Does anyone remember that Germany and the UK were once two of the world’s largest importers of fine wine from Bordeaux? It wasn’t that long ago, but their places on the list have now been lowered as China took over the fifth spot. When the Chinese entered the wine market, few believed that it would cause such a major upset in the balance of wine consumption, but it has succeeded to do just that. And when it comes to the region’s Bordeaux exports, China and Hong Kong hold the keys, as they account for more than 60% of that market. New York, which was once considered to be the world’s wine auction capital, had to pass that title on to Hong Kong when its total sales amounted to some USD $155m. According to Hon John Tsang Chun-Wah, who is the financial secretary in Hong Kong, through newly developed ties with the wine world, Hong Kong now views wine as not only good for the stomach, but for the bank account as well.
Since 2009, China has been gaining strength in the wine world after hosting a series of wildly successful auctions, an event which lasted six days. Following some record-breaking sales that took place during those days, China has been steadily emerging as a powerful player in the market. The Chinese people have changed from buying fine wine only for consumption and now consider it to be a worthy investment as well as a top choice in gifting. Senior Market Analyst, Daniel Paterson, points to three points that helped trigger these buying trends. The first is the generous government stimulus, the second is soaring stocks in Shanghai and the third is an explosive property market. Put these three together and you get Chinese tycoons that are the world’s highest net worth individuals, who view wine as a prestigious “must have.”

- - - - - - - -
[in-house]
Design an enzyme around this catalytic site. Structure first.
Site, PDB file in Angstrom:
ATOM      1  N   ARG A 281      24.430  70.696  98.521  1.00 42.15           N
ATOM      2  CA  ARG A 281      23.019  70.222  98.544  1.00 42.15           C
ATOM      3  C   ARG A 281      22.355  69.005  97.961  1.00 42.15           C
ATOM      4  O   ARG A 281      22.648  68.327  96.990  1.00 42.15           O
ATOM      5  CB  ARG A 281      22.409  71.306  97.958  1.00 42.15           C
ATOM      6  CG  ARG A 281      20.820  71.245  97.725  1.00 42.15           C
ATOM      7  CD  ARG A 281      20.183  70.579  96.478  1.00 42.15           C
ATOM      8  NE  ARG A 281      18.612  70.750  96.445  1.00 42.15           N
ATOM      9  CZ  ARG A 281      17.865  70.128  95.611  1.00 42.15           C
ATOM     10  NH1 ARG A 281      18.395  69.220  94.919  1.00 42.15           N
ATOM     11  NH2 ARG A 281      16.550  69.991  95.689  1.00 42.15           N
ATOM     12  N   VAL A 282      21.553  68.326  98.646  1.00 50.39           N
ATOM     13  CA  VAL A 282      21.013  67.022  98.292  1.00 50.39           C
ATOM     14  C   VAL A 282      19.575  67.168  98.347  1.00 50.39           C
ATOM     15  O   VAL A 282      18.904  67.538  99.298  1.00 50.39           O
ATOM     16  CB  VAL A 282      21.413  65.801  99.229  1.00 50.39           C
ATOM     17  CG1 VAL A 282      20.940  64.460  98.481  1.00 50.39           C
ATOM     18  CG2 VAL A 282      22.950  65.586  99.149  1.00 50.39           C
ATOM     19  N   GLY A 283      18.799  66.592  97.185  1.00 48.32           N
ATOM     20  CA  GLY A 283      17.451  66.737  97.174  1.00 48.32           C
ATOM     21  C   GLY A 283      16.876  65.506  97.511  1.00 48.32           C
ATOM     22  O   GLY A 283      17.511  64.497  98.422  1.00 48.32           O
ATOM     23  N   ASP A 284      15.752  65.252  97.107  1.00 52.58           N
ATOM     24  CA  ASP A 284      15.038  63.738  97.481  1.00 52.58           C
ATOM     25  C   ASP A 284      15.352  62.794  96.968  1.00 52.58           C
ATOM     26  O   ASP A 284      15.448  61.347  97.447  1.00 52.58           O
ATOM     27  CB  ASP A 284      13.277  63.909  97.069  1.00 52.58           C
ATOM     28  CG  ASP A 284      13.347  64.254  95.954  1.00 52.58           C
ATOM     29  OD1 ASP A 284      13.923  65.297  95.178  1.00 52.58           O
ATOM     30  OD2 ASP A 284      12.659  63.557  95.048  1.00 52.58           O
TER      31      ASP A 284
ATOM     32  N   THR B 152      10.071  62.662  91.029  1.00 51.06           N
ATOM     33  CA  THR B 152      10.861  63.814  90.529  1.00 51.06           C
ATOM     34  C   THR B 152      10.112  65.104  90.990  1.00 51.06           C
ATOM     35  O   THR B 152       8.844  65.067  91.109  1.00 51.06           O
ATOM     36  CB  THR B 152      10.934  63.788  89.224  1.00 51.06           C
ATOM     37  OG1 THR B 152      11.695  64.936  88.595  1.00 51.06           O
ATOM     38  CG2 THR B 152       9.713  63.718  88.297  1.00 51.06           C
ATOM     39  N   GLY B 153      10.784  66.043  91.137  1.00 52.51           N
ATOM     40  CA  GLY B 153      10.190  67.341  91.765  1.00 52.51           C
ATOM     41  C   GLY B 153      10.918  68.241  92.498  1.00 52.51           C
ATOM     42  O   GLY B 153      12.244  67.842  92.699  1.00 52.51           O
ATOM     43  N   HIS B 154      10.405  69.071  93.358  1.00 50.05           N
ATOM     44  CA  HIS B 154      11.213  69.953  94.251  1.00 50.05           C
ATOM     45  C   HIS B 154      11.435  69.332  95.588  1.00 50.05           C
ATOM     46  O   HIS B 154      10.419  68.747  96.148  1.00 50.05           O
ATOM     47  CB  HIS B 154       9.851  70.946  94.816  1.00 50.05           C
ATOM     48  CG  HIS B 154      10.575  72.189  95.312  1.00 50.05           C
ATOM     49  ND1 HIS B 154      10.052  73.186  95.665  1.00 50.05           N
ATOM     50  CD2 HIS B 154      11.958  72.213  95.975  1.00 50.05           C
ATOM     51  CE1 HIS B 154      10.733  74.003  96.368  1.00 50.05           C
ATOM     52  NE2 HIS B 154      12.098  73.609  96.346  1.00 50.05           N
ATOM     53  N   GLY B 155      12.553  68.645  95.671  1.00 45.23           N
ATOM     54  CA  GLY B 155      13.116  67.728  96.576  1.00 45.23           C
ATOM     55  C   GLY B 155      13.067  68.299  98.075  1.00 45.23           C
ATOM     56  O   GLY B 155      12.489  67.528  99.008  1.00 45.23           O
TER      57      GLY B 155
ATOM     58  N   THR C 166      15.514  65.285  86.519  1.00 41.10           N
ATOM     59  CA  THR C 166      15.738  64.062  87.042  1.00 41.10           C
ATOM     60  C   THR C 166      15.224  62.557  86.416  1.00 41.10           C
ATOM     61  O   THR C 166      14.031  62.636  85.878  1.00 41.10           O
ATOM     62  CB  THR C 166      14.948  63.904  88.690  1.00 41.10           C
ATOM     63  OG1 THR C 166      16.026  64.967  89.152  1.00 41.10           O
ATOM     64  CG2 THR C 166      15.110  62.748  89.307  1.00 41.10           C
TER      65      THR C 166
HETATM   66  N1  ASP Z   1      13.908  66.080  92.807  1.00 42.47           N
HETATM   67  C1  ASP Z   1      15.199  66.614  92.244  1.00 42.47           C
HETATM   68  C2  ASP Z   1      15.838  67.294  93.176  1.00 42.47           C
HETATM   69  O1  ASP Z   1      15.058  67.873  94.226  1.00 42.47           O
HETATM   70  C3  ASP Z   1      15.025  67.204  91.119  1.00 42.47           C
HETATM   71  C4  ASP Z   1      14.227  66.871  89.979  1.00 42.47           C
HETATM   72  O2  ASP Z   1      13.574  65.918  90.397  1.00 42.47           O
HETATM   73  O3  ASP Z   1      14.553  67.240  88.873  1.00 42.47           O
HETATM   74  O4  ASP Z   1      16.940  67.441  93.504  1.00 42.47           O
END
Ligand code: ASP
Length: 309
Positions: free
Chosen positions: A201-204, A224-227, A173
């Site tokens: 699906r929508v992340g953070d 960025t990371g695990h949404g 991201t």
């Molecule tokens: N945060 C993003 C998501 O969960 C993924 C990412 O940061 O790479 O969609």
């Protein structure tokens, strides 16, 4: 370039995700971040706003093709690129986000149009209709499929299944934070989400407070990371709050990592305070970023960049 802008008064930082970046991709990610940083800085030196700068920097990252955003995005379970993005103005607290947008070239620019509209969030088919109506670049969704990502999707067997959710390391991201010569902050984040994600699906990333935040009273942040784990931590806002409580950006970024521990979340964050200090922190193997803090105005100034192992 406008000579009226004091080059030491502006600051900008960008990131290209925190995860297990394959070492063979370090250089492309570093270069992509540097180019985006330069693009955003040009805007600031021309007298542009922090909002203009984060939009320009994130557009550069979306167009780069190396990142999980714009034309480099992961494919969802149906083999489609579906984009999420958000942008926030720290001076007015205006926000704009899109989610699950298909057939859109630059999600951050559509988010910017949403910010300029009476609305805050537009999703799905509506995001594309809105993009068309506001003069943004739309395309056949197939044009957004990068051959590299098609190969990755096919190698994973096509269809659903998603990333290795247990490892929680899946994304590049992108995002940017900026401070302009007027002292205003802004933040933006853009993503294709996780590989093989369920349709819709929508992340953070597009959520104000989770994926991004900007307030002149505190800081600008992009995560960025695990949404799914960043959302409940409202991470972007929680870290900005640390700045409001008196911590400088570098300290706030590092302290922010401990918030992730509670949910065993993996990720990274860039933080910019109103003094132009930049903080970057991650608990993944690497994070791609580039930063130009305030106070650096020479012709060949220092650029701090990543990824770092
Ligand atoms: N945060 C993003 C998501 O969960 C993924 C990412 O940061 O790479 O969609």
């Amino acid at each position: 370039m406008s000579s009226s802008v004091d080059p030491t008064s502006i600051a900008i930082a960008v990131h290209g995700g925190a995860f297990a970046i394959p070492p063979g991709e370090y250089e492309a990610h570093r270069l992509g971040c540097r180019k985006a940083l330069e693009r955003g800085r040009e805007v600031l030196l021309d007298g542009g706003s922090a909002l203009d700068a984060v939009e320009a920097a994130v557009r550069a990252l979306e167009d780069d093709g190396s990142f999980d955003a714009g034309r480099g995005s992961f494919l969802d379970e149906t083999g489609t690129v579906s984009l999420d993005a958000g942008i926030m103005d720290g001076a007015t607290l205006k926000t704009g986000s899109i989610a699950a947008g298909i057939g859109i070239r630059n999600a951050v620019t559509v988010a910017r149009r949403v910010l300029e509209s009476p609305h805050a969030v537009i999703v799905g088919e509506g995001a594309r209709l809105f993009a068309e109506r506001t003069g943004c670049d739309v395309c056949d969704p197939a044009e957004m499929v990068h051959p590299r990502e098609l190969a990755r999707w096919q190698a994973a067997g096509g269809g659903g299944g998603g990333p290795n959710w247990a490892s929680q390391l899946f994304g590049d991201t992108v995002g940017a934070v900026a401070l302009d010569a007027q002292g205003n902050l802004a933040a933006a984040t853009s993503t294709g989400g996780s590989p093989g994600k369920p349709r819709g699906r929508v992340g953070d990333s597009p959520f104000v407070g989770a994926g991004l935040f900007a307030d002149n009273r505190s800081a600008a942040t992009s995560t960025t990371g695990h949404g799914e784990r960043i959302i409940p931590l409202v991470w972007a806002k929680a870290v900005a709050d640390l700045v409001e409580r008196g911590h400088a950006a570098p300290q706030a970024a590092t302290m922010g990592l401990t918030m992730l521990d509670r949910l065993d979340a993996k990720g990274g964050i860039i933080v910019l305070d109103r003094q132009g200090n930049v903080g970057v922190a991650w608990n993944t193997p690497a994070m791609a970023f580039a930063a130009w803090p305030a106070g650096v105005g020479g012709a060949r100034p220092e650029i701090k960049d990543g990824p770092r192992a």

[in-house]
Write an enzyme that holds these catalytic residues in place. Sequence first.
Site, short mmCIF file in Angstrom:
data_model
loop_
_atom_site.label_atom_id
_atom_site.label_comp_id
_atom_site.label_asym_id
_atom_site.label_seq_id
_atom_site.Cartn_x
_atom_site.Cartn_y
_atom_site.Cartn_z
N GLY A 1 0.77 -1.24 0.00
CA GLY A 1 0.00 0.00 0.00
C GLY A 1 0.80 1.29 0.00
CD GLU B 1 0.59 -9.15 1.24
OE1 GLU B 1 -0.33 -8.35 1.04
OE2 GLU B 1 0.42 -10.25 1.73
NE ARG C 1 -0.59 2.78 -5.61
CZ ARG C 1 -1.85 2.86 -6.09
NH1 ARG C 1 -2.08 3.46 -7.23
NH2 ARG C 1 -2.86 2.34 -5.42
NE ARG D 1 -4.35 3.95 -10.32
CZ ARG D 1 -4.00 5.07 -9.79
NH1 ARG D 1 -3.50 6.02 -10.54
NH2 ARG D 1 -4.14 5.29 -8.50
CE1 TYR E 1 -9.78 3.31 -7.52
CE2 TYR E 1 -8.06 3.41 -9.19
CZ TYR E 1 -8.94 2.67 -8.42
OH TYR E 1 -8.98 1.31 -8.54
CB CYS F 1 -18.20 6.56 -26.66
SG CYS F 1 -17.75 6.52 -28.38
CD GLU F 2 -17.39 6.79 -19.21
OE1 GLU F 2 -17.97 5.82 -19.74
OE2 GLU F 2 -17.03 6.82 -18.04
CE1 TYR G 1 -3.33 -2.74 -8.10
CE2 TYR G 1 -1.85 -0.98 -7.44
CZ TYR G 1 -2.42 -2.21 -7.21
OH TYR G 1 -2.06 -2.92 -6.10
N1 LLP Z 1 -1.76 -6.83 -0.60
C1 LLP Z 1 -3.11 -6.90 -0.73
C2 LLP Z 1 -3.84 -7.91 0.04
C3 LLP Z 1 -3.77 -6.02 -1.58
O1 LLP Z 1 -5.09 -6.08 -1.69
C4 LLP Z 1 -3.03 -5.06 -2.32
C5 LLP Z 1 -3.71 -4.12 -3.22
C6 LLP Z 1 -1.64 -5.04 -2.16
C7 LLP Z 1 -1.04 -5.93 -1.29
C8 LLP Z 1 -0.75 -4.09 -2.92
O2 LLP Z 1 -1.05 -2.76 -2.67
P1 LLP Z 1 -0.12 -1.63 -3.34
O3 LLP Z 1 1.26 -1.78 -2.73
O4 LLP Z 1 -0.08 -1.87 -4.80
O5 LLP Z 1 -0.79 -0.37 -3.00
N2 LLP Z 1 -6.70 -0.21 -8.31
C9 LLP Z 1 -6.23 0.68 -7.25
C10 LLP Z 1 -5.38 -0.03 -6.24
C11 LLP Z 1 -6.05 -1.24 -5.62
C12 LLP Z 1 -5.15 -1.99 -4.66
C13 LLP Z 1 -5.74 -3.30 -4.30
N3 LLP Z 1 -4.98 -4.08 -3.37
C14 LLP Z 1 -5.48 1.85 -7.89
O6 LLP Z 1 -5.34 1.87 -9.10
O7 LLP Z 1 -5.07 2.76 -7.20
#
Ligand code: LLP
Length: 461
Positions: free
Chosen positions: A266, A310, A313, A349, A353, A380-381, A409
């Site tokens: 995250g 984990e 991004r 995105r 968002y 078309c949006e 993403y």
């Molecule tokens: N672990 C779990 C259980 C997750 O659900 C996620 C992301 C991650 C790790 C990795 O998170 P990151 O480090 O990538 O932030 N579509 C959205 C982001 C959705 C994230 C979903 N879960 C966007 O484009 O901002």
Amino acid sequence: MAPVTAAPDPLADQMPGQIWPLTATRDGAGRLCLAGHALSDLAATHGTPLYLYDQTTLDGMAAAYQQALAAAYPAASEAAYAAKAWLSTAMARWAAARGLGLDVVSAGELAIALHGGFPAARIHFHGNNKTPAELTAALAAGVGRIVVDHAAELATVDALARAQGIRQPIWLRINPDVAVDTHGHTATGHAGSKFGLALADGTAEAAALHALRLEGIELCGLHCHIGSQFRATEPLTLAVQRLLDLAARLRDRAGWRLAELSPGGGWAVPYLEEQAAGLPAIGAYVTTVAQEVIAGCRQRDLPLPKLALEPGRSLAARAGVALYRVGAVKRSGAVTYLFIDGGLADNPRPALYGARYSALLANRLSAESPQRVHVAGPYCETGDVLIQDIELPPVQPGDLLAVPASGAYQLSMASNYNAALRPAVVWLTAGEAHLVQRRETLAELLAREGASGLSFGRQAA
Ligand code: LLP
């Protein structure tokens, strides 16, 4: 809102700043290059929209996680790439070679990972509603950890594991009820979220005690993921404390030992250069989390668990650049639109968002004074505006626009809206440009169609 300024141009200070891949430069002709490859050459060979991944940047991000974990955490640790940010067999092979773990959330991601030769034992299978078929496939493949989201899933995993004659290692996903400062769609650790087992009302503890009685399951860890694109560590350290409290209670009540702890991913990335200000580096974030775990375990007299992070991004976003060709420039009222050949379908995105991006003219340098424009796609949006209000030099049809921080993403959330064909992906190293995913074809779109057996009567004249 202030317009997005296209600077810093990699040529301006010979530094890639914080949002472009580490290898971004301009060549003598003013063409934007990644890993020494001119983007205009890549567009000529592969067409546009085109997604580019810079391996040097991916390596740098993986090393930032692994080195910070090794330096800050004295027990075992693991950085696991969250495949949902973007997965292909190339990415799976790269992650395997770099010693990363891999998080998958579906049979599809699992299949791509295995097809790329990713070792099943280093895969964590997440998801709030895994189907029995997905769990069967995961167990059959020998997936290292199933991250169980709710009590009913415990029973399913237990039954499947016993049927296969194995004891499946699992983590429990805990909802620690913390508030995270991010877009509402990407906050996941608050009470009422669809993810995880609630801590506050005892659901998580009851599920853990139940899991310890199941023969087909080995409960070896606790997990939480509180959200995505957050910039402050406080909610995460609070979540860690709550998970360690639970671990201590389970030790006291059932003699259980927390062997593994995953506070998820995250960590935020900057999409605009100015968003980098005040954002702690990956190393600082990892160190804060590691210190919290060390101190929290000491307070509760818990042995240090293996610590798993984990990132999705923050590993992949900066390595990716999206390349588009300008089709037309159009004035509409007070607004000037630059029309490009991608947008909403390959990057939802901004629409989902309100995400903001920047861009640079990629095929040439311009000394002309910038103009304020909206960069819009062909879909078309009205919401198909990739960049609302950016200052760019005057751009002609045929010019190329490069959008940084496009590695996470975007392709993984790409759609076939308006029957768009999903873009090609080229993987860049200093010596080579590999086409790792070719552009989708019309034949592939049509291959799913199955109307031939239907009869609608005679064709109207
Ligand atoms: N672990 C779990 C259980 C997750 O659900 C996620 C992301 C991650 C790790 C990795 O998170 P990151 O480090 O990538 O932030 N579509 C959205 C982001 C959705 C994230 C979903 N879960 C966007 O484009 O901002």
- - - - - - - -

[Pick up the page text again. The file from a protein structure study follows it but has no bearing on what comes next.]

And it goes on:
In short, Asians now have a lot of money, and are making the decision to invest it in something that not only safeguards its value, but is likely to appreciate in the coming years.